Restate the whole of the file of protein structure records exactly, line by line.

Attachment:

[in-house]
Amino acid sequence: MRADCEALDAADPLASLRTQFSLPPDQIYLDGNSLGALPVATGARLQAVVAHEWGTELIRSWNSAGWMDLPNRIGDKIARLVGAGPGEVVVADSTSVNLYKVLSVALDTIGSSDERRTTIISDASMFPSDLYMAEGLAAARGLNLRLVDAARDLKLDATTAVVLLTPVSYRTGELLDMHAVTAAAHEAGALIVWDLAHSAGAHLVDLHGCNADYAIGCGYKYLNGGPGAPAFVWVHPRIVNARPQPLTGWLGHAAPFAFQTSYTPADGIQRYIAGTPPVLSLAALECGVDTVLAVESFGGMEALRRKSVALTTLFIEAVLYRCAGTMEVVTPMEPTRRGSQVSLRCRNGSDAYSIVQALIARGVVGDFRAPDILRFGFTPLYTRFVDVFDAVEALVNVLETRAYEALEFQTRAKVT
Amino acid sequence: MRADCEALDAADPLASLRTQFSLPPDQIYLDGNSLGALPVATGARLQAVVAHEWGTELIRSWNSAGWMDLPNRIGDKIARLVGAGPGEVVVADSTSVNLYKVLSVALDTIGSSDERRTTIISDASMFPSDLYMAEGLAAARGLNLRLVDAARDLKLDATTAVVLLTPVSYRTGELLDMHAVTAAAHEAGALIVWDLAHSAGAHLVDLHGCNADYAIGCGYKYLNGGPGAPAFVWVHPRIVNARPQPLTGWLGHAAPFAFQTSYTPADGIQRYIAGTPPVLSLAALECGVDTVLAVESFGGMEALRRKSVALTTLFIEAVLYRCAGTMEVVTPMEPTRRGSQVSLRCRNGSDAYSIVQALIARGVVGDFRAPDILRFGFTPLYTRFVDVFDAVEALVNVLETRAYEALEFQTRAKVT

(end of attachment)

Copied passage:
[in-house]
Amino acid sequence: MRADCEALDAADPLASLRTQFSLPPDQIYLDGNSLGALPVATGARLQAVVAHEWGTELIRSWNSAGWMDLPNRIGDKIARLVGAGPGEVVVADSTSVNLYKVLSVALDTIGSSDERRTTIISDASMFPSDLYMAEGLAAARGLNLRLVDAARDLKLDATTAVVLLTPVSYRTGELLDMHAVTAAAHEAGALIVWDLAHSAGAHLVDLHGCNADYAIGCGYKYLNGGPGAPAFVWVHPRIVNARPQPLTGWLGHAAPFAFQTSYTPADGIQRYIAGTPPVLSLAALECGVDTVLAVESFGGMEALRRKSVALTTLFIEAVLYRCAGTMEVVTPMEPTRRGSQVSLRCRNGSDAYSIVQALIARGVVGDFRAPDILRFGFTPLYTRFVDVFDAVEALVNVLETRAYEALEFQTRAKVT
Amino acid sequence: MRADCEALDAADPLASLRTQFSLPPDQIYLDGNSLGALPVATGARLQAVVAHEWGTELIRSWNSAGWMDLPNRIGDKIARLVGAGPGEVVVADSTSVNLYKVLSVALDTIGSSDERRTTIISDASMFPSDLYMAEGLAAARGLNLRLVDAARDLKLDATTAVVLLTPVSYRTGELLDMHAVTAAAHEAGALIVWDLAHSAGAHLVDLHGCNADYAIGCGYKYLNGGPGAPAFVWVHPRIVNARPQPLTGWLGHAAPFAFQTSYTPADGIQRYIAGTPPVLSLAALECGVDTVLAVESFGGMEALRRKSVALTTLFIEAVLYRCAGTMEVVTPMEPTRRGSQVSLRCRNGSDAYSIVQALIARGVVGDFRAPDILRFGFTPLYTRFVDVFDAVEALVNVLETRAYEALEFQTRAKVT